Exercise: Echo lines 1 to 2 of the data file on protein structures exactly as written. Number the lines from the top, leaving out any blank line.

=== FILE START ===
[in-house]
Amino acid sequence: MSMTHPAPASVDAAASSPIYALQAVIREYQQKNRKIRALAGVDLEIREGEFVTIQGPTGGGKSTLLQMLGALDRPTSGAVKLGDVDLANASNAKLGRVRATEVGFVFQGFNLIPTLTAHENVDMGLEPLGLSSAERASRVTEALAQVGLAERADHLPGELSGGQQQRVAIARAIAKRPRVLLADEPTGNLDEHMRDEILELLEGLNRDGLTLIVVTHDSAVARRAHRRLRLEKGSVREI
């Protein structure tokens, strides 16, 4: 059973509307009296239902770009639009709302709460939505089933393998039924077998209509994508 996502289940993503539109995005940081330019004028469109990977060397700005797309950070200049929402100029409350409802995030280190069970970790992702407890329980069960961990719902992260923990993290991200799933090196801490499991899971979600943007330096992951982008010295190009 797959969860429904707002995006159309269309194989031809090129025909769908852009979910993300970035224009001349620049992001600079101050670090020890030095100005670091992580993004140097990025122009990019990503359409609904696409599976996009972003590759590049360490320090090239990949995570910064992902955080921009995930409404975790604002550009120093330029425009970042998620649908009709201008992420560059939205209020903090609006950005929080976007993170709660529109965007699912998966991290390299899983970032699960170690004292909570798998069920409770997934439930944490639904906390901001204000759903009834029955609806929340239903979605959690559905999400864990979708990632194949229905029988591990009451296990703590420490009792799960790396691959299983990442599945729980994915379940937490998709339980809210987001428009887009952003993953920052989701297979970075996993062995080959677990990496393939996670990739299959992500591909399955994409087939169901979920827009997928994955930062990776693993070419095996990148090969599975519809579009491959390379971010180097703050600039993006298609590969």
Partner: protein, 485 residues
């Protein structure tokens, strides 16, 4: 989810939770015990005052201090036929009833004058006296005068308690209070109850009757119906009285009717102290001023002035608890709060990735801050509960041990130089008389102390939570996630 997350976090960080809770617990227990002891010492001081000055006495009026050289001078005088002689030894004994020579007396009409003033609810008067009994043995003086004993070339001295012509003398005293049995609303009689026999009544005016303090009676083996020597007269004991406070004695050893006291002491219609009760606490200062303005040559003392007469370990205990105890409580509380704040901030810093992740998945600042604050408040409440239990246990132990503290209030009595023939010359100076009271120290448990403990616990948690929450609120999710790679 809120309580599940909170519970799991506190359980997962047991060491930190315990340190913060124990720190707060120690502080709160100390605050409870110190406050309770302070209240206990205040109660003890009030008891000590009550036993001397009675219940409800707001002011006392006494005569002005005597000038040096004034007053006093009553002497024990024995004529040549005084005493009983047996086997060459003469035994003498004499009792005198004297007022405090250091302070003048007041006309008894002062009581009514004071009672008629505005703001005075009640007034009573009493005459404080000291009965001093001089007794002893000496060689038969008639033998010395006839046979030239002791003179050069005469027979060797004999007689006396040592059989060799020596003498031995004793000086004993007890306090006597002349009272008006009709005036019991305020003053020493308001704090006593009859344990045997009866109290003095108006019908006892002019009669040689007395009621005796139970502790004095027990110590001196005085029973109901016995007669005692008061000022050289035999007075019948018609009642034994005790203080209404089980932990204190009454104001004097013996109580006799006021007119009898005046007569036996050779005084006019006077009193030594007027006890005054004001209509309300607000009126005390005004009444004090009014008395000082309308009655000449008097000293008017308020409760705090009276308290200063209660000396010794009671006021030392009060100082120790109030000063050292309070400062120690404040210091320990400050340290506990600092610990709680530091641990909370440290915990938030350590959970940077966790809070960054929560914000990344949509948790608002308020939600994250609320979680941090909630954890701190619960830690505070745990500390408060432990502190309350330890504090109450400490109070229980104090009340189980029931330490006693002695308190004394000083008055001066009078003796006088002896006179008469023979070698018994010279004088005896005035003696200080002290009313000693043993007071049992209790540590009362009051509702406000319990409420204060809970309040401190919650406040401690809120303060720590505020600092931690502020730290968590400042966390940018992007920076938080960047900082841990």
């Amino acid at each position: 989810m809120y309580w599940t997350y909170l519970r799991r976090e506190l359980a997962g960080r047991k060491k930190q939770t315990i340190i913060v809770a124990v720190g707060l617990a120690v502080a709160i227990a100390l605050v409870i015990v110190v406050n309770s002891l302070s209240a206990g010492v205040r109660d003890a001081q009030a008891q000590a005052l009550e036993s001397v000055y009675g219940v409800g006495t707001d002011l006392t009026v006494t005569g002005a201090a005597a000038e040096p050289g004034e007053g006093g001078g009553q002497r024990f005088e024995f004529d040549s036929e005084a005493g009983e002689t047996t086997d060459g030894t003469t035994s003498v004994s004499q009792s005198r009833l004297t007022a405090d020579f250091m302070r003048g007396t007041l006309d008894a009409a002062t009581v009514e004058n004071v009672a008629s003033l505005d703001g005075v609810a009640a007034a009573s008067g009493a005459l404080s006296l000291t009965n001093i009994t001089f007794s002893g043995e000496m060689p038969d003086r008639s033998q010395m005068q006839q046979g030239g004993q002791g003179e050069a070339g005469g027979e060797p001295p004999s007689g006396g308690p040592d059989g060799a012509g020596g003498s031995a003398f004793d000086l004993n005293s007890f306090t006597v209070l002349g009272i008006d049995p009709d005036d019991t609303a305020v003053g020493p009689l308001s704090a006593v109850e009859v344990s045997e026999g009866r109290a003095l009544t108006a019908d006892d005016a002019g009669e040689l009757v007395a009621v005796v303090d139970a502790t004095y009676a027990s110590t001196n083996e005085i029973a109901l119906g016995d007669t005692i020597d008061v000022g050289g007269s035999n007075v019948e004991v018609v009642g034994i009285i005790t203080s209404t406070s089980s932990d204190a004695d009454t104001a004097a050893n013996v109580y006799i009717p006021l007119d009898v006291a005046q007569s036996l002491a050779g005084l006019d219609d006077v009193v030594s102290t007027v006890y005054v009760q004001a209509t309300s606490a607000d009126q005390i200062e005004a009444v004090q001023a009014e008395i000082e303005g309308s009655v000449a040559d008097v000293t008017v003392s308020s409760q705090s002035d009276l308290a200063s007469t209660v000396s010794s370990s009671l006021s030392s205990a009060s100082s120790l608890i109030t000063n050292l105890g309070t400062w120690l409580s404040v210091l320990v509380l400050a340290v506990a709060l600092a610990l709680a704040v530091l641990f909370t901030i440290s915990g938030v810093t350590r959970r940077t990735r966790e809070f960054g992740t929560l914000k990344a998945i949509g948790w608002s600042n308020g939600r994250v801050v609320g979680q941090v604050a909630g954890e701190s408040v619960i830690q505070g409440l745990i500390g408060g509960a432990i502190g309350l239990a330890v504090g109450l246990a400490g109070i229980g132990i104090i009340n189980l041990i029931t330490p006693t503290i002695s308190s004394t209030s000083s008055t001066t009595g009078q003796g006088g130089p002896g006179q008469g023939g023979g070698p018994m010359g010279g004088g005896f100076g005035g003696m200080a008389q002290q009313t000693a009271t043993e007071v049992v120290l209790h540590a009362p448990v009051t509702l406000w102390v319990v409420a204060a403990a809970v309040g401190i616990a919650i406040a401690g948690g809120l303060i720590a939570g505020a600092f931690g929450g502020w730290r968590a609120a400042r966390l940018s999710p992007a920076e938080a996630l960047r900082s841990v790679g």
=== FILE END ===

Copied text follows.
[in-house]
Amino acid sequence: MSMTHPAPASVDAAASSPIYALQAVIREYQQKNRKIRALAGVDLEIREGEFVTIQGPTGGGKSTLLQMLGALDRPTSGAVKLGDVDLANASNAKLGRVRATEVGFVFQGFNLIPTLTAHENVDMGLEPLGLSSAERASRVTEALAQVGLAERADHLPGELSGGQQQRVAIARAIAKRPRVLLADEPTGNLDEHMRDEILELLEGLNRDGLTLIVVTHDSAVARRAHRRLRLEKGSVREI